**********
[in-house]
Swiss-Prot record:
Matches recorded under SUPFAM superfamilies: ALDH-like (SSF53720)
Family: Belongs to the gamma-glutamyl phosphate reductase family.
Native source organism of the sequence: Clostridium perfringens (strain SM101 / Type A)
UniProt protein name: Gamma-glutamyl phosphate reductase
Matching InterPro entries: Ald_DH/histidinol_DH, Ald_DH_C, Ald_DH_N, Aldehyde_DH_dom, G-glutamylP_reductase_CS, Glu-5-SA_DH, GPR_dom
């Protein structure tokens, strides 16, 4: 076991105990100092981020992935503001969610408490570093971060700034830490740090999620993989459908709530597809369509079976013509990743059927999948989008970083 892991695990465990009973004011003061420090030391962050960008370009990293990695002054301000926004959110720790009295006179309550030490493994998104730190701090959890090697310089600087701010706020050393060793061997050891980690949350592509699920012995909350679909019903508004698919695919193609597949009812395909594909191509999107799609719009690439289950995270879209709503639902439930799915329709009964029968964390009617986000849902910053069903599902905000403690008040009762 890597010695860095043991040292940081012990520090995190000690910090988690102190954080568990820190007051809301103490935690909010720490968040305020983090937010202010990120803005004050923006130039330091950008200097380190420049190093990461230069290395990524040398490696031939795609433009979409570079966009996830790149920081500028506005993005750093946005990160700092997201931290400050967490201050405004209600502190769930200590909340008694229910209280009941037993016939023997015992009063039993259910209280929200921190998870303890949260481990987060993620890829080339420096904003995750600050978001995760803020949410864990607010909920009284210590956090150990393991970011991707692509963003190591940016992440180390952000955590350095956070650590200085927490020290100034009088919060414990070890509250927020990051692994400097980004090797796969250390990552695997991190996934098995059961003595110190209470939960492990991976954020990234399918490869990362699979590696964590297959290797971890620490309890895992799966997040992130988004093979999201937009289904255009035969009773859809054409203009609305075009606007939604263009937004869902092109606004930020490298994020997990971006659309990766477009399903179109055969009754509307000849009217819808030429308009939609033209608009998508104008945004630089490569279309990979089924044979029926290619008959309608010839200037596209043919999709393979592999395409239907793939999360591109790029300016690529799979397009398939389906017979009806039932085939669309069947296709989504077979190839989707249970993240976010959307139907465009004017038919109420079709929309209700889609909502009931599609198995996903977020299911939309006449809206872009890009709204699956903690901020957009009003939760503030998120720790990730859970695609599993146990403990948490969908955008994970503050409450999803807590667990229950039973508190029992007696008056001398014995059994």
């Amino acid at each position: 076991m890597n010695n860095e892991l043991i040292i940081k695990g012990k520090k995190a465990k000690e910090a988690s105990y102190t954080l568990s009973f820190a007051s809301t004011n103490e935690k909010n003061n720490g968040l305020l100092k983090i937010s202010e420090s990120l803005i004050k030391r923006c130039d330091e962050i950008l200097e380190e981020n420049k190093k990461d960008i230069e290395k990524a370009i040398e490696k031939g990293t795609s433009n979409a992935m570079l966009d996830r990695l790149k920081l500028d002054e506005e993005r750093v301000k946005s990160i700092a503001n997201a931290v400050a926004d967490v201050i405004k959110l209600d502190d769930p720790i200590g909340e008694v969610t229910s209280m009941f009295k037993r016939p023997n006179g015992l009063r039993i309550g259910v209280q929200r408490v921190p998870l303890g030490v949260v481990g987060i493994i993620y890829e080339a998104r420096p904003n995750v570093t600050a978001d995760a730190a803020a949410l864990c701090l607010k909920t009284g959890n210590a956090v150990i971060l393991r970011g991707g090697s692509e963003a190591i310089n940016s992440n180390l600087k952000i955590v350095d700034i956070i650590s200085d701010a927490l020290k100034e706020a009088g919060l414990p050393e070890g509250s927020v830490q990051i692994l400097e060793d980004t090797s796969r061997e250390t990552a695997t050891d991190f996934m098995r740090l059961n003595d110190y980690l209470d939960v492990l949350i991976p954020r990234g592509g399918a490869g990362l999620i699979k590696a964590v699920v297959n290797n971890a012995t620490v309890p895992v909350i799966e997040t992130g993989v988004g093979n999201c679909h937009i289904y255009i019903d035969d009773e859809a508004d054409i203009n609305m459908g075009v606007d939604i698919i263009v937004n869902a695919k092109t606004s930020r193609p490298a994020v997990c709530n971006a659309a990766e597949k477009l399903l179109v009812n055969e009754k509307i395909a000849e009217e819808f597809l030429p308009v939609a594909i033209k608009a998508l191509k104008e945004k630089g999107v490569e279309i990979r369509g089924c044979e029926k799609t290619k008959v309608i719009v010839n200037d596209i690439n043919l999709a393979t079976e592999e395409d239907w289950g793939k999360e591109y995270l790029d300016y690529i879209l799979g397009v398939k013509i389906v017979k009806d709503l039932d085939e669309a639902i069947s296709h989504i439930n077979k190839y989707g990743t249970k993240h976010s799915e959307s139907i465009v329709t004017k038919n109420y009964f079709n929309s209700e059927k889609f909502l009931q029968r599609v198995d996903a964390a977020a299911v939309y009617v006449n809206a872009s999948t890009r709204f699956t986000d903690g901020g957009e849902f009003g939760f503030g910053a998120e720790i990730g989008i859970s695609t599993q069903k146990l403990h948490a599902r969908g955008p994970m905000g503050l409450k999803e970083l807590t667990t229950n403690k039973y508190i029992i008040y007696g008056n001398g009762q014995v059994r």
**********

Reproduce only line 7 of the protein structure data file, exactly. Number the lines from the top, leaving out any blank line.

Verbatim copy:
Matching InterPro entries: Ald_DH/histidinol_DH, Ald_DH_C, Ald_DH_N, Aldehyde_DH_dom, G-glutamylP_reductase_CS, Glu-5-SA_DH, GPR_dom